Skip to main content
Open Access Publications from the University of California

Essays in Finance and Welfare

  • Author(s): Hacamo, Isaac Issa
  • Advisor(s): Vissing-Jorgensen, Annette
  • Morse, Adair
  • et al.

This dissertation explores the relationship between finance and welfare, focusing on how the expansion of credit supply in the beginning of the 2000s, leading to the 2007 financial crisis, affected U.S. households. This dissertation helps advance the study of how financial policies affect households' well- being.

In the first chapter, I study the effect of access to credit on family structure. There is a large debate over the welfare effects of the early 2000s housing boom and bust. One potentially important welfare effect is the impact of mortgage credit expansion on family structure. Exploiting pre-housing boom variation on the distribution of old homeowners who live alone and are older than 65, I conduct within-county analysis with zip code level data to causally identify the effect of access to credit on fertility outcomes through a channel associated with a more efficient reallocation of the existing housing stock among households. I examine two other housing channels, house wealth gains and new construction, and show that the most relevant channel is the reallocation, which allows young households to access space by either moving to larger homes or achieving homeownership earlier in their life-cycle. A one standard deviation increase in reallocation leads to a 6.4% increase in fertility from 2000 to 2006. The same increase in house prices leads to only a 2.7% increase, and in new construction leads to a 1.5% decline in fertility from 2000 to 2006. I estimate that approximately 500,000 babies were born between 2000 and 2006 because of the reallocation channel.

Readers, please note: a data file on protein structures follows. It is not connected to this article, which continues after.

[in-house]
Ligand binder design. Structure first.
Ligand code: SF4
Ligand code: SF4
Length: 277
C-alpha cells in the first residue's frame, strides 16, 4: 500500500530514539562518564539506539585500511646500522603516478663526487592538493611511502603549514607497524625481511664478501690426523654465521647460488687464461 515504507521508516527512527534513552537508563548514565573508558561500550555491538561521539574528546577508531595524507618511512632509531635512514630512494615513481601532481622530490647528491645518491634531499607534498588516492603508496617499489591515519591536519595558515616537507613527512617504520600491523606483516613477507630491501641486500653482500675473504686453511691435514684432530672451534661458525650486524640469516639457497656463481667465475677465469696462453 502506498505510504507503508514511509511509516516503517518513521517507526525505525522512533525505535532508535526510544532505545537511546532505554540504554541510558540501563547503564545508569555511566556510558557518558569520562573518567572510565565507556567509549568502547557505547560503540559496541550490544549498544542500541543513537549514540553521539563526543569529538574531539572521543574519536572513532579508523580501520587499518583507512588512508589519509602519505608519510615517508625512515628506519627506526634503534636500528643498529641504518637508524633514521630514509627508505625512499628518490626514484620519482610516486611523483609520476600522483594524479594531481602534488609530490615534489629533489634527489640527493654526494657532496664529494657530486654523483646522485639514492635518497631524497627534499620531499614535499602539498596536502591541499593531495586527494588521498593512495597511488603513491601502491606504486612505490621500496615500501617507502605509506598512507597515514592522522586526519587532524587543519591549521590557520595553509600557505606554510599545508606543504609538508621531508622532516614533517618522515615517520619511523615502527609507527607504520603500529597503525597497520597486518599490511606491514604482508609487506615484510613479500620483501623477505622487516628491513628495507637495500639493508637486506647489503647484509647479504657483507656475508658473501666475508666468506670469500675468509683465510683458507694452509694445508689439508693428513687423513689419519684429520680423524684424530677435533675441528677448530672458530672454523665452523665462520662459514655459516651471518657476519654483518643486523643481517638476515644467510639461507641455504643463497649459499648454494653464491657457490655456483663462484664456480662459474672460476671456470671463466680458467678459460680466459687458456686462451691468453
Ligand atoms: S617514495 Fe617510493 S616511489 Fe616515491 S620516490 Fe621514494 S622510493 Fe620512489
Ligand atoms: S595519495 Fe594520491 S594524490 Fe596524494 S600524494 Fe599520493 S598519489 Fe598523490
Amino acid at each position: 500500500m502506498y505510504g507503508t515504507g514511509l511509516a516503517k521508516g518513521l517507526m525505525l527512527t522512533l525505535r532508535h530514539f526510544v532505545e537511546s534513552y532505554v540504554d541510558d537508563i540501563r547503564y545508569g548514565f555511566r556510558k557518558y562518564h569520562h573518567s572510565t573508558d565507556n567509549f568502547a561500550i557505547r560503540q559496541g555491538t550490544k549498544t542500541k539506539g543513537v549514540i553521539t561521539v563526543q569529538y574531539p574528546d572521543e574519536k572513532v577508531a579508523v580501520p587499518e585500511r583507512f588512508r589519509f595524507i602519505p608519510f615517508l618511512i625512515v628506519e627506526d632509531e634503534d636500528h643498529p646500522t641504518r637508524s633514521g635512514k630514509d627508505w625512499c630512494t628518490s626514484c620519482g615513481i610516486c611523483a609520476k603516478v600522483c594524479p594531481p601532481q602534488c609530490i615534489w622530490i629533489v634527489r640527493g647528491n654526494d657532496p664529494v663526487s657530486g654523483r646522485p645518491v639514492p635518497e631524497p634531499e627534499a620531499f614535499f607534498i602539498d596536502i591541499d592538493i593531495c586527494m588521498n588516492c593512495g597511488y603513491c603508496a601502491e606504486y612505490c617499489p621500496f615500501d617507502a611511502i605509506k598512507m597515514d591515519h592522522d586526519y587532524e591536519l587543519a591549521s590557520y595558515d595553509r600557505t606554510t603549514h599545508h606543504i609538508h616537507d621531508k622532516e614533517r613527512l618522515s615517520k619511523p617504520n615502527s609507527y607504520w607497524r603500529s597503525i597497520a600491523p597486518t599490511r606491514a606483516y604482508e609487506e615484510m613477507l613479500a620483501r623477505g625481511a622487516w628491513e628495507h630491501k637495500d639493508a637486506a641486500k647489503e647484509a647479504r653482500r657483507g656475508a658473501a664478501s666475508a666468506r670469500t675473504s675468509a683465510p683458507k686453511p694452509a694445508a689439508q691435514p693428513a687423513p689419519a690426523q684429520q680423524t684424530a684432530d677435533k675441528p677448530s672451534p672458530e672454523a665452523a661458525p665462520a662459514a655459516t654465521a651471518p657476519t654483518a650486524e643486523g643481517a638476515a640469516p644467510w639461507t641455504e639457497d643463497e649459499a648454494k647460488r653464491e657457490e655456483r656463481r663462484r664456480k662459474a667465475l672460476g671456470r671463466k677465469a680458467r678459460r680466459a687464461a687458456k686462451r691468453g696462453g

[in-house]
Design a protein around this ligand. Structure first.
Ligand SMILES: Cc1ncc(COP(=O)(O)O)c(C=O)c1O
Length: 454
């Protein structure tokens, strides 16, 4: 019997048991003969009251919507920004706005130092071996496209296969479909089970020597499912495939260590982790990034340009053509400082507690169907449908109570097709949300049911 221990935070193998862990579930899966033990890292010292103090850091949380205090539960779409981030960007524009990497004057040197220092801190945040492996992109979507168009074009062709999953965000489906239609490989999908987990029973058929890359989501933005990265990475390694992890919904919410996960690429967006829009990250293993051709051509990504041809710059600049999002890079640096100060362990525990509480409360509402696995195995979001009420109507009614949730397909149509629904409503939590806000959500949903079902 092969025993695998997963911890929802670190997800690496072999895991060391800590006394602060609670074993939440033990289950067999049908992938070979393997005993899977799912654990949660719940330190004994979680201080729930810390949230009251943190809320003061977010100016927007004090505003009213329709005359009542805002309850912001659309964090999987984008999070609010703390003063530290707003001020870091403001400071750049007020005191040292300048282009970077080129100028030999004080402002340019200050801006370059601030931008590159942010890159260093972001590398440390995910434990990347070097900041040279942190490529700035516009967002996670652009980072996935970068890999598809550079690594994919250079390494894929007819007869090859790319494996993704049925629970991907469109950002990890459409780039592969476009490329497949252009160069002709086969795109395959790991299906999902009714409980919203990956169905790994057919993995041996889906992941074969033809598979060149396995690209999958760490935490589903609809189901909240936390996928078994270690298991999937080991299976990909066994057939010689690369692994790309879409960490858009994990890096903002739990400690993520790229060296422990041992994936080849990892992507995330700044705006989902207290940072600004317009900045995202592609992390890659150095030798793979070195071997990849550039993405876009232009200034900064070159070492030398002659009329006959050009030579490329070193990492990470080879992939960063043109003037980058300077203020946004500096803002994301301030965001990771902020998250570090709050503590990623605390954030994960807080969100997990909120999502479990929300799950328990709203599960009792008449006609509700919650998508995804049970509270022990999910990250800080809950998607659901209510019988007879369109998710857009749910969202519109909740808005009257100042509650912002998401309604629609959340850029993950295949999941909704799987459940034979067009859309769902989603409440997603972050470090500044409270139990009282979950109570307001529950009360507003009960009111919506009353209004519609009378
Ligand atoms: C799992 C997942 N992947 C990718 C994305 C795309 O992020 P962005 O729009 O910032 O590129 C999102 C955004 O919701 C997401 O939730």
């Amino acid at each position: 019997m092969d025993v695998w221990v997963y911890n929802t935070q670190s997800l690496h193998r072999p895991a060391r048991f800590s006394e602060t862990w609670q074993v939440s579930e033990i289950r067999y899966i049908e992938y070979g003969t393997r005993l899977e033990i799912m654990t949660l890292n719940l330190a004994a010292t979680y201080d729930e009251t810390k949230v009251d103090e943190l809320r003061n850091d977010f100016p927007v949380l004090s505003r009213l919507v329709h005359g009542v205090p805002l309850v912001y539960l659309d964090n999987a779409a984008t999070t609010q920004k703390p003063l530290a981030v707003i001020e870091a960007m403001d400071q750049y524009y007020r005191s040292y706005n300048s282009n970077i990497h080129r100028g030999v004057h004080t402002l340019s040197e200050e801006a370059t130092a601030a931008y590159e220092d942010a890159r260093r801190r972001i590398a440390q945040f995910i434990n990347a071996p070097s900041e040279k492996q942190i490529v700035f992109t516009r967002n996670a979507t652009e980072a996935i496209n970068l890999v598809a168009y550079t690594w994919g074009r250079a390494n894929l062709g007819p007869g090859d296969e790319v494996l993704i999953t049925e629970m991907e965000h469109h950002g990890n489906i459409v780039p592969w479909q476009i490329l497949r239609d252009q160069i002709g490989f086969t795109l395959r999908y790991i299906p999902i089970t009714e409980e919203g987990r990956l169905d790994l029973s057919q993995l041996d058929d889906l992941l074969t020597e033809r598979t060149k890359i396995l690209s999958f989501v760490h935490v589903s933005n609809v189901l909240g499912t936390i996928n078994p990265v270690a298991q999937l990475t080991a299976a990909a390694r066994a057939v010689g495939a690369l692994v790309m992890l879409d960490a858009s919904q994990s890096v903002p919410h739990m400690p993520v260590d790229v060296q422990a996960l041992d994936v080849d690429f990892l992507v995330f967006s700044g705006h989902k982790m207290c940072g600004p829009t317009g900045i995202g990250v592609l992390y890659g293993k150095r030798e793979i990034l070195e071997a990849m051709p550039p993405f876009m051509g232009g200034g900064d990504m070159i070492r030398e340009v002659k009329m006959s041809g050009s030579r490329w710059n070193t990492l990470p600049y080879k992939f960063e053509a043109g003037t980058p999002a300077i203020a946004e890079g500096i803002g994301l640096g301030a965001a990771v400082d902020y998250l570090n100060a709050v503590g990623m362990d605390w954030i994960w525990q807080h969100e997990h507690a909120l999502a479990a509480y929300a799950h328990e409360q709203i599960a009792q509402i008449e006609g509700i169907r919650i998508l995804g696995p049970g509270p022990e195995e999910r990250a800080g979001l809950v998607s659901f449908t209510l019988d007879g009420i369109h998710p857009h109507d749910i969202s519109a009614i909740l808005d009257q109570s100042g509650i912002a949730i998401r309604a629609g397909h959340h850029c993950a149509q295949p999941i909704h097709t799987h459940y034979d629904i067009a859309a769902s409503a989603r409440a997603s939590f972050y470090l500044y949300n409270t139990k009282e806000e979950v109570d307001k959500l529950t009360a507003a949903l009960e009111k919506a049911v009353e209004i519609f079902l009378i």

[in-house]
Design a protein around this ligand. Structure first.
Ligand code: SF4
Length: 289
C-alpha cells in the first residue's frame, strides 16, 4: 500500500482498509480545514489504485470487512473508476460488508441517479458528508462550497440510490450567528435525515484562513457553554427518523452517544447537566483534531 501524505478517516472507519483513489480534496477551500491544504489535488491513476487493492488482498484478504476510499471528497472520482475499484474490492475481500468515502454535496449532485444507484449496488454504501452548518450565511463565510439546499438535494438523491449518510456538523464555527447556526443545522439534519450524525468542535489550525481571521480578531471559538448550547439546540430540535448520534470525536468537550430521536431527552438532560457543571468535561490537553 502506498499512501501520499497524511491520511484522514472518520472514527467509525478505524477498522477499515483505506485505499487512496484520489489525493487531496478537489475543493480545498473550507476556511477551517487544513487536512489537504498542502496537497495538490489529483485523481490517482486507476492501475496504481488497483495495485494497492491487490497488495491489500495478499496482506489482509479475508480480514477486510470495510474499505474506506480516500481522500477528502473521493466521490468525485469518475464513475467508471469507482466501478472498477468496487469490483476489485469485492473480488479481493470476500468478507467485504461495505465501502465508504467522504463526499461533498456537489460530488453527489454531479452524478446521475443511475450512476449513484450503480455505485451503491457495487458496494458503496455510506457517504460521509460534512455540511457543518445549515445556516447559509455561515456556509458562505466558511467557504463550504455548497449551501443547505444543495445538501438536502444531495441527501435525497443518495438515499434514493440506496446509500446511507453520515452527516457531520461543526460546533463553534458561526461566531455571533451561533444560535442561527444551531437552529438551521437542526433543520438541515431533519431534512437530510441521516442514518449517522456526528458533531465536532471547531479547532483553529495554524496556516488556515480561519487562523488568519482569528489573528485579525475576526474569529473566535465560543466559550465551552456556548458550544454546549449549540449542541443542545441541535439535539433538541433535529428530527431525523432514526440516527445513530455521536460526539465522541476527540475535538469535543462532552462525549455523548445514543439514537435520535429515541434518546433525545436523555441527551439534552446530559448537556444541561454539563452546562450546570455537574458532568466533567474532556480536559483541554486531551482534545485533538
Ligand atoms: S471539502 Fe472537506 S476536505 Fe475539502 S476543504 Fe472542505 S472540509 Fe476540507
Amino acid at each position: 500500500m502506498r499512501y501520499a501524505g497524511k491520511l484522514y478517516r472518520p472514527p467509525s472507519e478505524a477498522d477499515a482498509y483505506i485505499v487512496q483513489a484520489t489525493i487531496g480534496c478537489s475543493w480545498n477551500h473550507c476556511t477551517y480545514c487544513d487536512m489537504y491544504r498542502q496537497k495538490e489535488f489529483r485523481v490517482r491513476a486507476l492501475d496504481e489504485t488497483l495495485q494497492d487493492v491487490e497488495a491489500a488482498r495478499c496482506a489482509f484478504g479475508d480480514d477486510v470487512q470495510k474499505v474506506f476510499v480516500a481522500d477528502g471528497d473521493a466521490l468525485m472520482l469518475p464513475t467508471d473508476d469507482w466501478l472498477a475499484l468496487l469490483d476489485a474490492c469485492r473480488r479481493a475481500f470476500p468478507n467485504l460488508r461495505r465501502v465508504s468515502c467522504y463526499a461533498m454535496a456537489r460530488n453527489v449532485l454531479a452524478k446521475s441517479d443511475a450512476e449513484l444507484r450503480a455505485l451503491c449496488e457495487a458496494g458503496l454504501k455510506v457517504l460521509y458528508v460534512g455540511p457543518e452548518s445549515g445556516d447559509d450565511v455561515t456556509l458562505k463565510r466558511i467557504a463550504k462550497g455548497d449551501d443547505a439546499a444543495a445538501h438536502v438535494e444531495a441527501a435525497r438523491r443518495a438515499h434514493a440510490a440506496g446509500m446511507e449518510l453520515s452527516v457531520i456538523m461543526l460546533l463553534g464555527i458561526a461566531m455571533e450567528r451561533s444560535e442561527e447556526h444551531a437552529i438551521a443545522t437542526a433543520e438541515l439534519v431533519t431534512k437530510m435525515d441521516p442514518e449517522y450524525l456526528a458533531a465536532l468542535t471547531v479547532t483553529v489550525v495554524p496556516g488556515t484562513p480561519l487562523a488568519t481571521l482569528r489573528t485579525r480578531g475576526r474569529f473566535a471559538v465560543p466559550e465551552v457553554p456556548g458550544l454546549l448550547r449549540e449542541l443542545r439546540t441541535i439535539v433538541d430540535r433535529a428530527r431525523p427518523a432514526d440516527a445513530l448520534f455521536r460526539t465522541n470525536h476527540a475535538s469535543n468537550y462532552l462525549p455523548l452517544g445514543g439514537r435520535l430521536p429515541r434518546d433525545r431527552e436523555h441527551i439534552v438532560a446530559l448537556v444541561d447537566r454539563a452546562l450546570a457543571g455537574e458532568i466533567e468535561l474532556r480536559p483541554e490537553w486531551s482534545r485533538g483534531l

In the second chapter, I study the effect of housing demand on house prices through an interest rate channel. In the last housing boom, strong house price growth only lasted until 2005. Why did house price growth slowed down in 2006? This chapter studies the effect of interest rate changes on housing demand at the end of a housing boom and the subsequent effect on house prices. I use three different proxies for housing demand, based on Google search data on search terms likely to be used during the process of purchasing a home, such as "remax", "construction", or "real estate". A one- standard deviation increase in the change in interest in purchasing a home from 2005 to 2006, measured by the Google search volume, leads to a 0.4 standard deviation increase in contemporaneous house price growth. To identify the interest rate channel, I first compute a household income threshold for each county, defined as the necessary income to afford an interest-rate-only mortgage on a county's average loan in 2005. I then exploit the slope of the county's income distribution around this affordability threshold to estimate the fraction of households that, after an increase in mortgage interest rates from 2005 to 2006, could no longer afford to pay an interest-rate-only mort- gage. I use this fraction as an instrumental variable for housing demand. The IV beta is remarkably close to the OLS beta, and confirms the large effect of housing demand on house prices in 2006 through an interest rate channel. This chapter sheds light on the transition process between the housing boom in the 2000s and the subsequent financial crisis, and contributes to a better understanding of the impact of monetary policy on housing demand and house prices at the end of a housing boom.

Main Content
Current View